Children have bonded with two Manteca Police officers that have been assigned to circulate among the 15 elementary schools in the district on a daily basis.
Sam Gallego and Steve Harris retired two years ago from the force after serving about 30 years each from patrol to narcotics and SWAT. They both have more than 17 years with the emergency response rifle team and have extensive experiences with drug cases.
Both are popular figures when they appear on campus. Children run up to them when they are in sight, just to say hello and to ask if they have any paper badges in their pockets to give them.
Harris said Friday that the school assignments are a stark contrast to police work where he and Gallego dealt with negative situations for years that added stress to their lives compared to working with the elementary school kids and staff members who are always friendly and happy to see them.
One little girl asked him from a group of three on a school playground if he was there to get someone. He replied he was only there to see that she and her friends were safe from harm.
Both officers work full days – one takes Mondays and Tuesdays and the other works Thursdays and Fridays. They switch Wednesday every other week. Harris explained that they both make their rounds to nine school campuses every day when on duty.
The veteran officer noted that traffic can be a particular problem at Neil Hafley School where parents are asked to park on Northgate Drive and not to enter the parking lot in front of the school to pick up their children.
He said when he is not around, motoring parents will just move the no parking standards and drive right in. When he has his black and white unit parked at the driveway entrance, the parents don’t violate the no parking plan, he said.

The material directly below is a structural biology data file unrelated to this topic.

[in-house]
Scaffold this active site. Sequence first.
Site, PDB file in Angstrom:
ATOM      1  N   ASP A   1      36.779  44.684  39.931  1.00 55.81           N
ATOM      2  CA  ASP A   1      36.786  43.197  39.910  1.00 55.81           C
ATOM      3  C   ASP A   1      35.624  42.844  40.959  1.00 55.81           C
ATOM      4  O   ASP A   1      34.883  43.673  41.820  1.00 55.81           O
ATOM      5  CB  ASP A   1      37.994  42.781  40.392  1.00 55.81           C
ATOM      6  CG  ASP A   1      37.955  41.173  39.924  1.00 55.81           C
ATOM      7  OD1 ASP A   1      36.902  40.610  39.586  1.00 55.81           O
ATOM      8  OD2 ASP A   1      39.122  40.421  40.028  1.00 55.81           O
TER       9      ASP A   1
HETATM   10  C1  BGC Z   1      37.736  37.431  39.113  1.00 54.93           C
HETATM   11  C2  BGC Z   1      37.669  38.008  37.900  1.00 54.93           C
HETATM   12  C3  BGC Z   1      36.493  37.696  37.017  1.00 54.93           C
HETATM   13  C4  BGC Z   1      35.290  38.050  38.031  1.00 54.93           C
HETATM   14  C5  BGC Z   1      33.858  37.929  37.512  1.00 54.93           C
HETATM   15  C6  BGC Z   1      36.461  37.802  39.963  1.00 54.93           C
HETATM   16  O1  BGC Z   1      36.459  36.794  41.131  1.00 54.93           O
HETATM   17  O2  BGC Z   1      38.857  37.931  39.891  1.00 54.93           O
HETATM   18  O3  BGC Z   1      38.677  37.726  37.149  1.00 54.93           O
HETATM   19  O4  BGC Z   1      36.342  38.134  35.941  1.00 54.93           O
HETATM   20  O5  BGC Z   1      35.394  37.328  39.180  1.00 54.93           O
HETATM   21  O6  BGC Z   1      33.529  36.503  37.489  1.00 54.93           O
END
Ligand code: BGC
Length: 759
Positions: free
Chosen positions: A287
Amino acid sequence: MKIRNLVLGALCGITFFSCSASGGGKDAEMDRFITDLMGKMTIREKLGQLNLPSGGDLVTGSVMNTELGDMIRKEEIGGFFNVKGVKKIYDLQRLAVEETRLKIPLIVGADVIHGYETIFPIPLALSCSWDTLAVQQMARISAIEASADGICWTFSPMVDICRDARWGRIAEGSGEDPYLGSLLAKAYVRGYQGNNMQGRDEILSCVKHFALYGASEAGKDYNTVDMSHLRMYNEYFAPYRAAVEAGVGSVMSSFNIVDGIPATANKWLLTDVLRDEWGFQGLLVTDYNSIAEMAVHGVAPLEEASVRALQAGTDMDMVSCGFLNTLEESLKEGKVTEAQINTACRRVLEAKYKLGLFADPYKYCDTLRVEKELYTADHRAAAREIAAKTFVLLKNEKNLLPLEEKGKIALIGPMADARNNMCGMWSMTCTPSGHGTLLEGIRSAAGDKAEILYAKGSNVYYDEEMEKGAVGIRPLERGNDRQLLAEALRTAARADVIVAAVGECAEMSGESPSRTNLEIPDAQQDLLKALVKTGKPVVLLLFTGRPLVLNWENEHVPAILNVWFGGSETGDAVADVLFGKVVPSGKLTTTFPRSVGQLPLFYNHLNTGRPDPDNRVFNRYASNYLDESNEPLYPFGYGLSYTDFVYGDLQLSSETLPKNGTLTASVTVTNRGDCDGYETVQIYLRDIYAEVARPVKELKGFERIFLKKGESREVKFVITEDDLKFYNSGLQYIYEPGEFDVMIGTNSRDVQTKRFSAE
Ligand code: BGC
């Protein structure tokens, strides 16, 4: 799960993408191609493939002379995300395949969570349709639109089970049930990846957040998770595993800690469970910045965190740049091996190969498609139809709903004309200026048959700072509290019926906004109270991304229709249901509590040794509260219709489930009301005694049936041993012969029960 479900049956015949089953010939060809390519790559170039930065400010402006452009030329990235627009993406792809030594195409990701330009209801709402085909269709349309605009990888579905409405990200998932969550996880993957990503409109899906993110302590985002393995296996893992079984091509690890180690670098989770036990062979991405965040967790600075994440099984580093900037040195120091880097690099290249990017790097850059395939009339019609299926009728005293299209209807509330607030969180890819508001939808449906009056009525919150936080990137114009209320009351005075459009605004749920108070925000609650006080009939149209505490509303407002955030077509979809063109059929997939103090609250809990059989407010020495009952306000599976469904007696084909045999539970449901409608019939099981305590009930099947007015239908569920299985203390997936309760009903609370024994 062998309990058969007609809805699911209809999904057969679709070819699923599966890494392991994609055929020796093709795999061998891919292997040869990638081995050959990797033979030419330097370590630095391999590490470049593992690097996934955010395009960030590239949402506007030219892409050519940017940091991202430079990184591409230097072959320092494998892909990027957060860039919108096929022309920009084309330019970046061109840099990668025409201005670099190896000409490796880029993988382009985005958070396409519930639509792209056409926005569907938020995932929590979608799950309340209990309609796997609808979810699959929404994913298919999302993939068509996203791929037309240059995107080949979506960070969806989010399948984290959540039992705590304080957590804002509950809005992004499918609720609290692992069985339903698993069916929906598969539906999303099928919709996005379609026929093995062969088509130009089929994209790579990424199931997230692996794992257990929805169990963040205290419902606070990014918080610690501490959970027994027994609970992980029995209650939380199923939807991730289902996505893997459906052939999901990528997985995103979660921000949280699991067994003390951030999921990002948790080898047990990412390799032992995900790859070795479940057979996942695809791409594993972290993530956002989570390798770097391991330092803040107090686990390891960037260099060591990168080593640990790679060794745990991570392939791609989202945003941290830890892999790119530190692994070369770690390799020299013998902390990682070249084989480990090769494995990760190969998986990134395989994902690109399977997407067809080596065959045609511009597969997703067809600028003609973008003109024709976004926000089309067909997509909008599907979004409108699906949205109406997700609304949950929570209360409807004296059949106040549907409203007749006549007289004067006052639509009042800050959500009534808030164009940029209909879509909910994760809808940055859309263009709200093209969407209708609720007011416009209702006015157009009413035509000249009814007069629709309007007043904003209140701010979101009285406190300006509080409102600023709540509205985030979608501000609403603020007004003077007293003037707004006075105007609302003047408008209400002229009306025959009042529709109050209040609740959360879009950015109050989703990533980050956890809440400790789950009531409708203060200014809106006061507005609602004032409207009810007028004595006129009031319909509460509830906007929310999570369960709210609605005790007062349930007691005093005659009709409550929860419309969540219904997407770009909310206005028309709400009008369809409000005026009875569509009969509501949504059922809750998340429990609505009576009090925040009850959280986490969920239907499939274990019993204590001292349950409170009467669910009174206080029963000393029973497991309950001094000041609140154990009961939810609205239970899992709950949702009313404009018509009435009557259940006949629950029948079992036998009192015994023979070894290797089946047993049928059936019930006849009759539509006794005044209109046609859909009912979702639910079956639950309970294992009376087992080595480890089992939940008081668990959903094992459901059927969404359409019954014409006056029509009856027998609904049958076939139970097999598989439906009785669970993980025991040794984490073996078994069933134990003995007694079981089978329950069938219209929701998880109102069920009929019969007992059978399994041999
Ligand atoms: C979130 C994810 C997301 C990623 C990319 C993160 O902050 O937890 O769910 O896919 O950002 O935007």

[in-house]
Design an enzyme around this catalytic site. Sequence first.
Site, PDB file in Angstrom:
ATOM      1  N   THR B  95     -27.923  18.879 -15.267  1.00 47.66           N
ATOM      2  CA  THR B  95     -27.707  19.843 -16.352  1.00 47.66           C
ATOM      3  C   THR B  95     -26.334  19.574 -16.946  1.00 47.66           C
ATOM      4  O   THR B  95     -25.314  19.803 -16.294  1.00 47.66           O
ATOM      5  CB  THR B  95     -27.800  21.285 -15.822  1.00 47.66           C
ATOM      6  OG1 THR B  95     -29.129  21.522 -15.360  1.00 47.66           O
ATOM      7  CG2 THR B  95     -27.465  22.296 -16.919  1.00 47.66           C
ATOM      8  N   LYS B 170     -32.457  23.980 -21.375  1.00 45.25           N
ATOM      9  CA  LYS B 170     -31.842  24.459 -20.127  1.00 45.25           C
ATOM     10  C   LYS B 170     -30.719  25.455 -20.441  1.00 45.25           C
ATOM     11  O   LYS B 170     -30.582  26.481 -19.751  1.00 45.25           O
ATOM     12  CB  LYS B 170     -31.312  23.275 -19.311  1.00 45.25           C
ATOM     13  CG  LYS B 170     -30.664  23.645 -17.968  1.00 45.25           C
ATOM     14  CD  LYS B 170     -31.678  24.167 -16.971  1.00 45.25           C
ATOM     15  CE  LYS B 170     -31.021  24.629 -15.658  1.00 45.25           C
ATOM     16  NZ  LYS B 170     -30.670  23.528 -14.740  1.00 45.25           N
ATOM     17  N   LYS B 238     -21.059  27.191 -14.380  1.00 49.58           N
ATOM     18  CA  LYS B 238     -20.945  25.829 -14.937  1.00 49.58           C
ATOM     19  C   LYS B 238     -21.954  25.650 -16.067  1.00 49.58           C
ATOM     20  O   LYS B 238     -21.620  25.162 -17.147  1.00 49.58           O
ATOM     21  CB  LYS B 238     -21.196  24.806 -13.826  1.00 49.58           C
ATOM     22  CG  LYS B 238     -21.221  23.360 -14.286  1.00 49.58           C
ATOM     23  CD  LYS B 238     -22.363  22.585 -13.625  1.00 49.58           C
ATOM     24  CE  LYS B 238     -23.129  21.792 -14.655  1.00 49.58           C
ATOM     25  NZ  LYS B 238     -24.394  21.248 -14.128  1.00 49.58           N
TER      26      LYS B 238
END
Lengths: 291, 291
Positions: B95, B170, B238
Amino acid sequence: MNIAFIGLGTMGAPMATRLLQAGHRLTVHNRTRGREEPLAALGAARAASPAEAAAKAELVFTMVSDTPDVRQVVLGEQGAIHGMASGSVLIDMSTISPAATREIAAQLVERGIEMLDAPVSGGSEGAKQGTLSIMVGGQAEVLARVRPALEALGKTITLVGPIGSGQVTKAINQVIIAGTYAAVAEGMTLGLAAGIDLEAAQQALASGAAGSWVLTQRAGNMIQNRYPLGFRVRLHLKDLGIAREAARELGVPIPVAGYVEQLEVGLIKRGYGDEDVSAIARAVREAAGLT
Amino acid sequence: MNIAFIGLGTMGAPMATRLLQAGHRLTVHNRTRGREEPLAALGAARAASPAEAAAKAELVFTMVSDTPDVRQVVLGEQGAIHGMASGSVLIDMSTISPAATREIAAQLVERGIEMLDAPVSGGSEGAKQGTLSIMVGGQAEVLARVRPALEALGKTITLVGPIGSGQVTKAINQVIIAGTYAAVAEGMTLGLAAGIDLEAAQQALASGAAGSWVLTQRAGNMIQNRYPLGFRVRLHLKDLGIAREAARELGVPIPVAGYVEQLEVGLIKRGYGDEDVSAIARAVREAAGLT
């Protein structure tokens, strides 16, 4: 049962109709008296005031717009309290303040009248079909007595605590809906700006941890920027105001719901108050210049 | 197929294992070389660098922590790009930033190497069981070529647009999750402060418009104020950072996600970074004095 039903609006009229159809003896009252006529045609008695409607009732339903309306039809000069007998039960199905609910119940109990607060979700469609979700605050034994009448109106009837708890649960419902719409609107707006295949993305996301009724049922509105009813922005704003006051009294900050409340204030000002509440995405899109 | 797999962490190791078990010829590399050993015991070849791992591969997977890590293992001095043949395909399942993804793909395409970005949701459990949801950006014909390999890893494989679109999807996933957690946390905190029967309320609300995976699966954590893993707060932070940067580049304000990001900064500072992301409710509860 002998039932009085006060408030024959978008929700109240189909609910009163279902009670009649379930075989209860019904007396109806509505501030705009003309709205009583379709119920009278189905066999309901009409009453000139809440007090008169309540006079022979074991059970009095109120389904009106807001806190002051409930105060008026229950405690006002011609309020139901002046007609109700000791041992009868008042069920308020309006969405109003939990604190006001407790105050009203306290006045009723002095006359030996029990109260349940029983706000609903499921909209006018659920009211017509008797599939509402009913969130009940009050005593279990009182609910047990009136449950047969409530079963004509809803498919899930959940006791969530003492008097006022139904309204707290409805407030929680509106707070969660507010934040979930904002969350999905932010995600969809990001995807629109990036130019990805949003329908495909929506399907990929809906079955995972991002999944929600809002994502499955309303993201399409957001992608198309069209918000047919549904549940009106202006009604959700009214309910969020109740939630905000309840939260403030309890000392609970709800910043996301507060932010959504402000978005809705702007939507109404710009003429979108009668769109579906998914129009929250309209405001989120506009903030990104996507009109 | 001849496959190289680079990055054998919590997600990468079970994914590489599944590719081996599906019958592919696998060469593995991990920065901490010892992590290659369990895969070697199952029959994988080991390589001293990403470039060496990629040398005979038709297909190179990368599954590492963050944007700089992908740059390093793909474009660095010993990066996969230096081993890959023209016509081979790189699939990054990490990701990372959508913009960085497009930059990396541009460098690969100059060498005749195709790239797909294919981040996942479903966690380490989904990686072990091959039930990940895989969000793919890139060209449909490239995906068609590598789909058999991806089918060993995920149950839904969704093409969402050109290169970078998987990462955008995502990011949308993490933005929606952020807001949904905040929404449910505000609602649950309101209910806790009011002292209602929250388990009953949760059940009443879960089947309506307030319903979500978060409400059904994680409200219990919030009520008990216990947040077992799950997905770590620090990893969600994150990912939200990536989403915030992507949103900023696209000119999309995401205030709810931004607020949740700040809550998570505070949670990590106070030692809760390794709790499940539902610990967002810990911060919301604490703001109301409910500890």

“The crossing guard must have thanked me five times the other day for being there. She told me that my presence in front of the school just took the edge off of the traffic problem,” he added.
Walking the campuses with a high visibility (in terms of) a police presence, is what the chief wants us to be doing,” Harris explained.
Neil Hafley School Principal Steve Anderson lauded the safety officer program saying, “I hear thank you from parents and kids all the time – it’s great – you can’t undervalue it.”
Anderson agreed that when Harris or Gallego are out in front of the school there is no parking or traffic problem.
“I’m not the kids’ hero any longer – it’s now Officer Harris,” he quipped.
Harris added that he has had kids come up and mob him on campus with some telling him how much they love him – quite a departure from chasing the bad guys.
Both patrolmen have taken part in the “Read Across America” program in the classrooms. Harris specifically had grades one, two and six in the reading program. They have also given presentations in the classes on safety and most popular is explaining their lives behind the badge.
The office staff at New Haven said their children at the school really enjoy the officers coming on campus to talk with them on a regular basis.
In just an hour-long glimpse of the officer’s normal day, he had visited the McParland School Annex, walked through the office and onto the playground at Neil Hafley School and made a stop at New Haven Elementary School on Austin Road.
It was in his walkthrough at the New Haven cafeteria that he ended up high-fiving a group of students just finishing their lunches. As he stood by the door and the students filed out to the playground they all gave him a slap of the hand with broad smiles as they passed him by.
Administrative Sergeant Jody Estarziau said the program is funded through the end of the school year. She added that there is no plan presently for its continuation at the beginning of the next year in the fall.